Nanjing Night Net

Book sheds light on organised crime by putting Mafia on the map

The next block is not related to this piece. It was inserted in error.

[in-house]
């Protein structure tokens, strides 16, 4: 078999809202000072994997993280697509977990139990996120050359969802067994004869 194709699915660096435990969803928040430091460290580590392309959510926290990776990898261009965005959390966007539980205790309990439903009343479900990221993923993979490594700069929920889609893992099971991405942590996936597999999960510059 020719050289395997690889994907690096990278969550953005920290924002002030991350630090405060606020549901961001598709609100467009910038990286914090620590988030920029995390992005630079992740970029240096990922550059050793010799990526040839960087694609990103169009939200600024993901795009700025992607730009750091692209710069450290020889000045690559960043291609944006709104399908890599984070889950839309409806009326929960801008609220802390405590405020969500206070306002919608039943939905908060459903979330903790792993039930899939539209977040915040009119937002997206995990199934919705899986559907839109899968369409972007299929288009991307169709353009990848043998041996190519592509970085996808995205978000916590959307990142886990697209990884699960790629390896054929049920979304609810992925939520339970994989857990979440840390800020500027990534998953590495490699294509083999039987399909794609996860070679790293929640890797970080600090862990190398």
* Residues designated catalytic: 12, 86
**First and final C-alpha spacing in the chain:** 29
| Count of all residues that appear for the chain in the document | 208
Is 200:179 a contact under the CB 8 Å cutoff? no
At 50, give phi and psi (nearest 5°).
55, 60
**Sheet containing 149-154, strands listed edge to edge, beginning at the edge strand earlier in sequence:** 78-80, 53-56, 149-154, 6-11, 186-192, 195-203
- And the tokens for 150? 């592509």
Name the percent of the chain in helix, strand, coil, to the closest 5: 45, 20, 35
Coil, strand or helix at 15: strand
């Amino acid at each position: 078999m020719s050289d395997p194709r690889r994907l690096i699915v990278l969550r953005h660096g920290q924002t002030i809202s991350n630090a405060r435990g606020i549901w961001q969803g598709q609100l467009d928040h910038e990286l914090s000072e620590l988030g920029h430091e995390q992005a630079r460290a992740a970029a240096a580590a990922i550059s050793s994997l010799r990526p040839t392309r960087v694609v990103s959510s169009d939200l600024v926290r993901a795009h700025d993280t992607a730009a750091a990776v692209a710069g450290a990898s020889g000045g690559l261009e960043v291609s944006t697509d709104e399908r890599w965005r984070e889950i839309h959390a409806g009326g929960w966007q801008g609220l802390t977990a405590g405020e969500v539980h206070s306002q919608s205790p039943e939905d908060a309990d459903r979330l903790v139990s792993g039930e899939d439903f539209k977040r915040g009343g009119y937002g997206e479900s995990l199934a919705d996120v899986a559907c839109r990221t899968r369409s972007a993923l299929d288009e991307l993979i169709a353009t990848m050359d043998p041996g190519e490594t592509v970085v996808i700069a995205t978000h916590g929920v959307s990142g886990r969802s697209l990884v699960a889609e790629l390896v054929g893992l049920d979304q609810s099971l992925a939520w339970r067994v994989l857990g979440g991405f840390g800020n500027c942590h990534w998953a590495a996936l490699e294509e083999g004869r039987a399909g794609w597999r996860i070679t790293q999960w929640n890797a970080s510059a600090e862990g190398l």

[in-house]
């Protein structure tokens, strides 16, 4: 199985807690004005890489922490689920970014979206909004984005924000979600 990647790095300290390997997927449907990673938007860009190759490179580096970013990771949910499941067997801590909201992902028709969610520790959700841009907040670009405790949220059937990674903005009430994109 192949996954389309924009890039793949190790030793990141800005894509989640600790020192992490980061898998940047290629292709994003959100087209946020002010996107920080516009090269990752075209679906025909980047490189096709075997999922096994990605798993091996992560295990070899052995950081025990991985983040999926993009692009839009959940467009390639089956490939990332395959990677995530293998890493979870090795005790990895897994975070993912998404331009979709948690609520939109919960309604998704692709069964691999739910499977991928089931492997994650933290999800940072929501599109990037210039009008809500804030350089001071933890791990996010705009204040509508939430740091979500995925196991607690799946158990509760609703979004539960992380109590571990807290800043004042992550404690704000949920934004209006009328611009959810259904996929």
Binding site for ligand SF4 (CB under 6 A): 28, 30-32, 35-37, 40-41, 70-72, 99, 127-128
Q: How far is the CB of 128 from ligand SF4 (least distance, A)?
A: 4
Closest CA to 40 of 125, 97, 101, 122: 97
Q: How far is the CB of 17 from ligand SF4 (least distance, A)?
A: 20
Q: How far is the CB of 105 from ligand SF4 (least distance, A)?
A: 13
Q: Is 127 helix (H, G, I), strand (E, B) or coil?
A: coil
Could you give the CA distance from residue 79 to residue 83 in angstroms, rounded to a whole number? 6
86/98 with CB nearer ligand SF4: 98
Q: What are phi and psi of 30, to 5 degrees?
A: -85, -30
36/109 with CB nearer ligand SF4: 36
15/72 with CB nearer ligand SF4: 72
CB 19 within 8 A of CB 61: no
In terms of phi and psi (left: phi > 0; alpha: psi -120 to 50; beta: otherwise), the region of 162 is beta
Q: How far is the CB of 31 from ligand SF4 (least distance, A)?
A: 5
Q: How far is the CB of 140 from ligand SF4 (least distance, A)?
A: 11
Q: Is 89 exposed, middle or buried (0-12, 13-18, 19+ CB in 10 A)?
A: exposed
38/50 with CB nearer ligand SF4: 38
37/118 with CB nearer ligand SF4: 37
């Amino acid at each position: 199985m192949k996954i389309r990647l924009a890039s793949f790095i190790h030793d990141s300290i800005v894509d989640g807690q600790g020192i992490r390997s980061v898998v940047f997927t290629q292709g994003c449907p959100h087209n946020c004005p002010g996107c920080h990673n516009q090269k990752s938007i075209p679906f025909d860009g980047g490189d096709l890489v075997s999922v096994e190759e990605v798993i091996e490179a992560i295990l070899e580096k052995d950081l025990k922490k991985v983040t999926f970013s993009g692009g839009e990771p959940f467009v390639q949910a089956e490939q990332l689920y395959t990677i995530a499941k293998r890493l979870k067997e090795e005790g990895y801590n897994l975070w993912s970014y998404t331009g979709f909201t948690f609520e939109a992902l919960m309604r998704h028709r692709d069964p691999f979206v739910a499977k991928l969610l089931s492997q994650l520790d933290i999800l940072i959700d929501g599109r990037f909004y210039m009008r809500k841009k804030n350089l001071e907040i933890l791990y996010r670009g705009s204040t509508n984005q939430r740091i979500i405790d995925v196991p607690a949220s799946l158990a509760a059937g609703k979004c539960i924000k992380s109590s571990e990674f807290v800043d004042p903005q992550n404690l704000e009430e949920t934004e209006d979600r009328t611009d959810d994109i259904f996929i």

ROME: The Mafia is one of Italy’s most famous exports; now it even has an atlas.In a book published in Italy this week, Francesco Forgione, the president of the Italian Anti-Mafia Parliamentary Commission from 2006-2008, has used thousands of pages of court documents and judicial acts to create a map of global Mafia hot spots, or what has been dubbed the Italian atlas of organised crime.And Australia gets rather a large mention.The Mafia represents three criminal organisations – the ‘Ndrangheta from Calabria, Cosa Nostra from Sicily and the Camorra from Naples. It has become a multinational enterprise with ”branches” all over the world.Mr Forgione said Australia was ”colonised” by the ‘Ndrangheta, who used the proceeds of kidnapping in southern Italy to fund their legitimate and illegitimate business interests in Australia.In the 1980s the continent was divided into six ”territories” that were controlled by a central council in San Luca, Calabria, he said. But that could all change.”The Calabrian Mafia have a historical presence in Australia, but more recently the Napolitan Camorra has gained an important foothold in the counterfeiting of electrical appliances and clothing,” Mr Forgione said.Much in his book is known in Australia: Robert Trimboli and the Griffith marijuana trade, the expulsion of Domenico Barbaro, and more recently the scandal involving Francesco Madafferi, whose extradition order was annulled by the former immigration minister Amanda Vanstone.However, Mr Forgione goes further. Cities and suburbs that make the map include: Sydney, Helensburgh, Five Dock and Griffith in NSW; Melbourne and Wonthaggi in Victoria, Adelaide in South Australia; and Perth, Harvey, Bunbury and Hidden Valley in Western Australia. Also included are the names of those who have been convicted of, or associated with, Mafia-related crimes in Italy, and those who remain at liberty in Australia.The difference in law enforcement between the two countries was a problem, Mr Forgione said. “What is a crime in Italy is not automatically a crime in Australia. Australia for example doesn’t have a law making Mafia association a crime, as we do in Italy.”In Italy more than 8600 people were arrested between 1992 and last year for mafia-related crimes, with confiscated assets totalling more than â?¬1.3 billion ($2.2 billion), says the National Anti-Mafia Investigations Directorate.Mafia assets have been estimated at up to â?¬1000 billion, invested in legitimate and illegitimate activities across the globe, making them very difficult to track.The seizure and confiscation of Mafia assets is central to the fight against organised crime in Italy.Libera, the principal network of anti-Mafia organisations in Italy, oversees many of these projects, including the redevelopment of Mafia assets such as property, buildings and vineyards into functioning businesses whose profits are fed back into the community.A controversial proposal before the Italian Senate, however, could mean these assets are sold off at auction. Anti-Mafia campaigners say this is good for the state coffers, but too easy for the Mafia to buy back what was once theirs.But the director of Libera International Network, Tonio dell’Olio, said there had been a big rise in grassroots anti-Mafia activism in Italy. Groups such as Addio pizzo (Goodbye protection money) were being set up mainly by young people in the south.This week the European Commissioner for Regional Policy, Pawel Samecki, announced that the European Union would give Italy â?¬64 million to redevelop confiscated Mafia assets in the country’s south.
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